The Art Gallery at the Grosvenor Museum was opened in 1989 by Sir Timothy Clifford, Director-General of the National Galleries of Scotland. Most of the museum’s finest paintings are shown here, hung two deep against gold moiré and enhanced by sculpture and furniture. They illuminate the history of artistic practice and patronage in Cheshire and North Wales.

Although many of our portraits are shown elsewhere in the museum, some of the best are in the Art Gallery. A remarkable triple portrait of Mary Done, painted around 1635-38 by William Dobson, shows her contemplating her bust, which has closed eyes like a death mask. Her son Sir John Crewe, Chief Forester of Delamere, was painted in 1682 by John Michael Wright, one of the most cosmopolitan figures in 17th-century British art. An oil painting of 1820 by Henry Wyatt shows the great Neo-Classical architect Thomas Harrison in front of his masterpiece, Chester Castle. An enchanting portrait of Richard, Earl of Madeley, the three-year-old son of the 1st Marquess of Crewe, was painted in 1914 by Philip de László, one of the most celebrated portrait painters in Europe. A vigorous oil sketch of Sybil, Countess of Rocksavage, later Marchioness of Cholmondeley, painted by Charles Sims in 1922, provides a fascinating insight into the portraitist’s creative process. The most recent portrait in the gallery is a brilliant likeness of Canon Maurice Ridgway, the great expert on Chester silver, painted by Paul Brason in 1994.

Chester is England’s most picturesque city, enclosing two thousand years of history within the two-mile circuit of her walls. She has inspired artists for more than four centuries, and the museum houses over seven hundred pictures of the city. A painting of Chester by the Flemish artist Pieter Tillemans, dating between 1710 and 1734, shows horseracing on the Roodee in front of the City Walls. A painting of 1831 by David Hodgson shows the Exchange, built in the 1690s to house the Corporation and an assembly room, and demolished after a fire in 1862. A mid-19th-century view shows the Cathedral before the major restoration in 1868-76, when much of its soft red sandstone exterior was refaced. Another mid-19th-century painting by W. White shows the King Charles Tower, on which Charles I stood in 1645 while his army was being defeated by the Parliamentarians at Rowton Moor. A view of The Lock Gates, Chester, was painted in 1933 by the Camden Town artist Charles Ginner.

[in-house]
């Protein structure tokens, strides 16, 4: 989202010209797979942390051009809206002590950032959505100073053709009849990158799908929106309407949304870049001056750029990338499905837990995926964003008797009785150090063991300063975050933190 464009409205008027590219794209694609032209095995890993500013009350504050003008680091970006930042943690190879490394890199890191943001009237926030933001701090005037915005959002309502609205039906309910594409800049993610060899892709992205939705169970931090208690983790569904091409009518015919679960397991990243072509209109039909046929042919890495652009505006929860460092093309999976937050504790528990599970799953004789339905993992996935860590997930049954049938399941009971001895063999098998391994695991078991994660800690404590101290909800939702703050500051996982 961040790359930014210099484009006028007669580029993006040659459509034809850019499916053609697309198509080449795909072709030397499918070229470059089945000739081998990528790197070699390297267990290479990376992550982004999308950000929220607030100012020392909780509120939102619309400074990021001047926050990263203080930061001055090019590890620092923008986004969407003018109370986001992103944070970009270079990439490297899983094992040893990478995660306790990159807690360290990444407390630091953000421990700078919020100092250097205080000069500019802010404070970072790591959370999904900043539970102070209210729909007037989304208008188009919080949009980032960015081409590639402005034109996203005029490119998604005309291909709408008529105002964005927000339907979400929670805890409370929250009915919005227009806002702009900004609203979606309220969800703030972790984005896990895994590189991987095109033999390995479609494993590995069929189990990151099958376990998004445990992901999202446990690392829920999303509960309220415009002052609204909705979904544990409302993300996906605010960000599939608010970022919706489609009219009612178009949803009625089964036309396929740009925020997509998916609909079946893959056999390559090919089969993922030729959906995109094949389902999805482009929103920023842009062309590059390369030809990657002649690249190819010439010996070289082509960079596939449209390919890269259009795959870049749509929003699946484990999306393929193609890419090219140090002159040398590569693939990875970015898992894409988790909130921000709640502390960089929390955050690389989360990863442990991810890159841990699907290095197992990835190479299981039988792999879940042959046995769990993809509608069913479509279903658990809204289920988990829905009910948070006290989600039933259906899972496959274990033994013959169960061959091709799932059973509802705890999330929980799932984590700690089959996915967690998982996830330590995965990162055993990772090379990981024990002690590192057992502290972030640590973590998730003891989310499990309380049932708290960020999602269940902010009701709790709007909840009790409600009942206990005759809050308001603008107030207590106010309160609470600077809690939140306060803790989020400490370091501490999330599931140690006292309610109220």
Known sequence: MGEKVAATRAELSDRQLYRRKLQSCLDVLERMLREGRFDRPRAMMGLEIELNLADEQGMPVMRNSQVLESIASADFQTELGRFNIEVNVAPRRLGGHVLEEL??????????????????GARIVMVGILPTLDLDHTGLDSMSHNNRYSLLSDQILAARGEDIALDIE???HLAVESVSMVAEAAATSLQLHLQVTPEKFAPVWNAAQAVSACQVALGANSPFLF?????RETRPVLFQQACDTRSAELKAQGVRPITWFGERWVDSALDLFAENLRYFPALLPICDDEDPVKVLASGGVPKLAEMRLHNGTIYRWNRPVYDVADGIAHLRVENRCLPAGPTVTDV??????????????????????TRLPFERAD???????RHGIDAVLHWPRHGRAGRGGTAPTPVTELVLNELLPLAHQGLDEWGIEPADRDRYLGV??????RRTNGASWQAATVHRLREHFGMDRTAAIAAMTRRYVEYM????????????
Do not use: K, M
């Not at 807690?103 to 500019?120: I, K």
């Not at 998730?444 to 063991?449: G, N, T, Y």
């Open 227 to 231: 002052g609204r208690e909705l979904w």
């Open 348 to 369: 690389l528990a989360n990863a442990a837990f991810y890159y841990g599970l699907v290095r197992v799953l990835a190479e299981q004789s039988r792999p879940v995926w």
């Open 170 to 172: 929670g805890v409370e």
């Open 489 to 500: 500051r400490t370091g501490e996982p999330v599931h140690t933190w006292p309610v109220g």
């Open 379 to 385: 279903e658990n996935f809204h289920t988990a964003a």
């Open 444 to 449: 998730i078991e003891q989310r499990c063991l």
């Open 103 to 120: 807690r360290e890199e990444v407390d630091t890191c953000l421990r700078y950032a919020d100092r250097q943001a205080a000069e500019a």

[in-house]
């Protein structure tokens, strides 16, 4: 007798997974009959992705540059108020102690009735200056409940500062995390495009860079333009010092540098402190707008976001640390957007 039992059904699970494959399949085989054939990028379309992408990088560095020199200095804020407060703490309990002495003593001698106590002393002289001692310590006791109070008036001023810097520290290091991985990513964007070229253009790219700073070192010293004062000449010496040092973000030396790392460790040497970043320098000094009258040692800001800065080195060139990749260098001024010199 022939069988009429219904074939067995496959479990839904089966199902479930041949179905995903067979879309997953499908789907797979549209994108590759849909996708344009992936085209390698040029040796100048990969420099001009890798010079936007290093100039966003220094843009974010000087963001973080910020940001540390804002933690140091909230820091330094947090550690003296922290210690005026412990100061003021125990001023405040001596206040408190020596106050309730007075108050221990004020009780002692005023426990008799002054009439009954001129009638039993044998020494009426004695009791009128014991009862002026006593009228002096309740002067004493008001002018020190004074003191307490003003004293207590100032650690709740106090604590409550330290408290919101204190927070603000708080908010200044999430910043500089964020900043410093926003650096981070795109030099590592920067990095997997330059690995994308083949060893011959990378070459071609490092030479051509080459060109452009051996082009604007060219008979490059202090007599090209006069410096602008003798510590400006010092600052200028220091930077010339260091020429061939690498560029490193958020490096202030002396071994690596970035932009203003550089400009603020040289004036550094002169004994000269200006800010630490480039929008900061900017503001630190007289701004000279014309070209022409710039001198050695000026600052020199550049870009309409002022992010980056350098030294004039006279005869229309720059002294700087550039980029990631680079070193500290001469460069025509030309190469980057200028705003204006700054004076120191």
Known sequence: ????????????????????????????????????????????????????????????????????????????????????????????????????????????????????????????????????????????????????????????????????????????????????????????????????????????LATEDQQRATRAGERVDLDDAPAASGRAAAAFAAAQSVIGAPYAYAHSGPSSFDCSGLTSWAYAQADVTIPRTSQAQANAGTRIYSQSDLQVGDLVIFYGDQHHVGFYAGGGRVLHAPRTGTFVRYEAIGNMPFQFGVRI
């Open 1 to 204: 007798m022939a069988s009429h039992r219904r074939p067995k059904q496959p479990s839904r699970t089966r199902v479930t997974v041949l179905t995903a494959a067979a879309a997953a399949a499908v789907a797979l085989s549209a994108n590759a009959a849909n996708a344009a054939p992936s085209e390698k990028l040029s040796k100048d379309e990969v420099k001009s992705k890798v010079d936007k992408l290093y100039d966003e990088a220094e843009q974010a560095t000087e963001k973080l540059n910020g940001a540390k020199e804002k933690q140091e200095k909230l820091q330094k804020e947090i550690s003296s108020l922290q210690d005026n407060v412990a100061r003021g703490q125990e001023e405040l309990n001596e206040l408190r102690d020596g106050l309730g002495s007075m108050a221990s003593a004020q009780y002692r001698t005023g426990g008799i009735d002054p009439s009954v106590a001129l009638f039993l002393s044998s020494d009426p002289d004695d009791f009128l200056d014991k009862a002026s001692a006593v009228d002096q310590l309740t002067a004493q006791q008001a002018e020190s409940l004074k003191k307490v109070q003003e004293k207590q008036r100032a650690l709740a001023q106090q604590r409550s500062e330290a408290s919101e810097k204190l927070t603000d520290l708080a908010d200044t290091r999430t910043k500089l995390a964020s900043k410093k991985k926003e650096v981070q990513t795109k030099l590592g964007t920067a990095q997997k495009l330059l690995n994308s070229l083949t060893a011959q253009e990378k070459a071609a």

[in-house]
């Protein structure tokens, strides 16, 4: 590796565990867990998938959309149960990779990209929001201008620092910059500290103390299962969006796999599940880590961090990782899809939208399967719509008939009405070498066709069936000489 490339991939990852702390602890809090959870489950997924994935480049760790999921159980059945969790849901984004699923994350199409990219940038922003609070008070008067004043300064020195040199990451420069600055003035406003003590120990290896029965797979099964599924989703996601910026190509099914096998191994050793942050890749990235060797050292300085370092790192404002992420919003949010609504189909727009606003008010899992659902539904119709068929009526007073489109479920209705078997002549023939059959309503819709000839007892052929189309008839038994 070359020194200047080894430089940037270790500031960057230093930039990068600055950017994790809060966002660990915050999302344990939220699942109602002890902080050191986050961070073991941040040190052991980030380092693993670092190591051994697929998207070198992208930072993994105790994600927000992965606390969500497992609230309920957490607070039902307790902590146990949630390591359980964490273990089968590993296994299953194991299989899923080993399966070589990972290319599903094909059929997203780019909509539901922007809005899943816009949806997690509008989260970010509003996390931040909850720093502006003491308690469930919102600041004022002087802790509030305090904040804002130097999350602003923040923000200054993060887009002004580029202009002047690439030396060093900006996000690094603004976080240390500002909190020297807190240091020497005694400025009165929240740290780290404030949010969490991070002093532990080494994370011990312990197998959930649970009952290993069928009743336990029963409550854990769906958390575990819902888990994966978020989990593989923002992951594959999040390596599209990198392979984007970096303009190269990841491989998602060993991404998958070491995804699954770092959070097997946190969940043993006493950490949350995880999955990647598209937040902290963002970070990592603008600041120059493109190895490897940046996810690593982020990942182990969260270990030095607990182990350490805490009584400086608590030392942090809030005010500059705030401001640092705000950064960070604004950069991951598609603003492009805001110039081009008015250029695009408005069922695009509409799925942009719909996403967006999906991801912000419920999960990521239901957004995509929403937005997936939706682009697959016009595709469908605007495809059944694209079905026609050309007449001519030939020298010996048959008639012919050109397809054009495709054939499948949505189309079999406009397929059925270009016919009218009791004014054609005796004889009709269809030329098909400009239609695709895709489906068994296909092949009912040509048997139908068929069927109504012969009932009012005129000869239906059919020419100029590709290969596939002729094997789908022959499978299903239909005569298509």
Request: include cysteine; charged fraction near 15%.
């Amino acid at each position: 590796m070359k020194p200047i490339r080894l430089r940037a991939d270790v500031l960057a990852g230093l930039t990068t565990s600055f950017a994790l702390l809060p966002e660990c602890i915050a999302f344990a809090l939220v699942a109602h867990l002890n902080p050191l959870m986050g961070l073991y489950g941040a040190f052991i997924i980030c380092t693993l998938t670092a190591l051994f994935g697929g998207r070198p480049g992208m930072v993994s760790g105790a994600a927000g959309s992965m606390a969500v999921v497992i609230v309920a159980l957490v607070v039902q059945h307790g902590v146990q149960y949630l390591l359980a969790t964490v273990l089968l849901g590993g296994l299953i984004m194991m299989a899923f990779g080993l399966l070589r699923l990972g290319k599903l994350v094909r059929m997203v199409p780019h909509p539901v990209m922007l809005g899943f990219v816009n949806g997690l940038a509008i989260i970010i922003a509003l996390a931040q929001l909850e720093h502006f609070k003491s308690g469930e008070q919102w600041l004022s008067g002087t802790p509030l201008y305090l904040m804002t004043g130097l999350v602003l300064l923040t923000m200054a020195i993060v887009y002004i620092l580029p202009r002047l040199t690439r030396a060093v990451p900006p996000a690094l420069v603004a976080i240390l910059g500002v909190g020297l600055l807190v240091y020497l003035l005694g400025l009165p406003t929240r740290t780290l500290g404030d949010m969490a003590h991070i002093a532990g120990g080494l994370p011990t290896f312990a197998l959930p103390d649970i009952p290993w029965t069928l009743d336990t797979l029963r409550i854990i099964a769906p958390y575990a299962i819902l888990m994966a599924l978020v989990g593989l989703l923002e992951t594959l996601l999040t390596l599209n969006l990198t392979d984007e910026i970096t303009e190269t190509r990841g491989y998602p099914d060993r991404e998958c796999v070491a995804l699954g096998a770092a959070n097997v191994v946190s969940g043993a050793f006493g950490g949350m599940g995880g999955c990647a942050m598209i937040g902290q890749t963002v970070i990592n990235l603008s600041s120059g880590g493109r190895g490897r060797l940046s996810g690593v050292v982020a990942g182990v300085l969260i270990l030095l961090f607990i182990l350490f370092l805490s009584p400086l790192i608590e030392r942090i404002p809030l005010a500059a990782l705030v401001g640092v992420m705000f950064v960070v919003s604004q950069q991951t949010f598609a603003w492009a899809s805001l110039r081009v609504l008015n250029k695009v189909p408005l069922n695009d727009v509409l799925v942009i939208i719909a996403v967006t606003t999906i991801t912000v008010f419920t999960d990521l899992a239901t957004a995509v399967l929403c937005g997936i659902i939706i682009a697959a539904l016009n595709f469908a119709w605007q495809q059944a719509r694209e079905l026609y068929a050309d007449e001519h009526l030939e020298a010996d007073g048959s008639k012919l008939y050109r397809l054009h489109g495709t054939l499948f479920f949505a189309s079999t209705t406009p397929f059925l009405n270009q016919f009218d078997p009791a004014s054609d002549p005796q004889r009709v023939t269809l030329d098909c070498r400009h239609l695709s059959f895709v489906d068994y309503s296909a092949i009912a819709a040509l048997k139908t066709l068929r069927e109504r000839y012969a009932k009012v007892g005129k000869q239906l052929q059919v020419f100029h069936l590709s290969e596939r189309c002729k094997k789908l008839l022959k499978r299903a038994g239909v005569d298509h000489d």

As well as pictures of Chester, the museum houses scenes of Cheshire and North Wales, including a view of Chirk Castle, painted by Felix Kelly about 1955. A painting by the Irish artist George Barret Senior, dating from around 1770, shows the dramatic, ivy-clad ruin of Beeston Castle. The most recent work of art in the gallery is a view of Henbury Hall, Britain’s finest post-War Classical country house, painted by Carl Laubin in 2006.

In addition to paintings of local people and places, the gallery shows the work of local artists, such as a view of Gordale Scar, painted in 1772 by Samuel Stringer of Knutsford. A view of Thirlmere, painted in the early 1790s by the Cheshire-born artist John Rathbone, has figures by the better-known George Morland, with whom he frequently collaborated. Chester’s greatest sporting artist was William Tasker, noted for his portraits of winners at the Chester races, and the gallery includes his painting of Millipede from 1843. Furniture makes a notable contribution to the gallery and includes a card table, veneered with rosewood and inlaid with brass, which is signed and dated 1824 by the Chester cabinetmaker John Crewe McKay. This is complemented by an elegant suite of 1870s Directoire-style furniture in the manner of Georges Jacob, made of grey-painted beech and upholstered with Beauvais tapestry.

Sculpture plays a prominent role in the gallery, and includes a low-relief plaster medallion of about 1852 by the Pre-Raphaelite sculptor Alexander Munro depicting Constance, Countess Grosvenor, later Duchess of Westminster. In 1879 her brother, Lord Ronald Gower, made a bronze statuette of the Prime Minister, William Ewart Gladstone, who lived at Hawarden Castle near Chester. Inspired by the grandeur and drama of Romantic music, Catafalque for Anton Bruckner is a magnificent bronze sculpture of 1981 by Michael Sandle, who studied at Chester School of Art and is one of the finest sculptors in the world.

As well as local artists and subjects, the history of art collecting in the Chester area is represented in the gallery, with works such as Feeding the Ducks, a highly-finished painting of the mid-19th century by John Frederick Herring Senior, which came from Hoole Hall. The history of collecting in Cheshire has also brought to the gallery a small group of paintings by artists from continental Europe. The earliest painting is Christ Blessing by the studio of Quinten Metsys, the leading artist in early 16th century Antwerp, which shows Jesus as the saviour of the world. The Virgin and Child with the Infant Baptist, probably painted by Johann König in Augsburg about 1616, shows the Christ Child accepting his future death on the Cross. Also dating from the 17th century is Diana the Huntress, painted in Bruges by Jacob van Oost the Elder. This richly decorative painting, showing the Classical goddess of the moon, provides a splendid centrepiece to the gallery.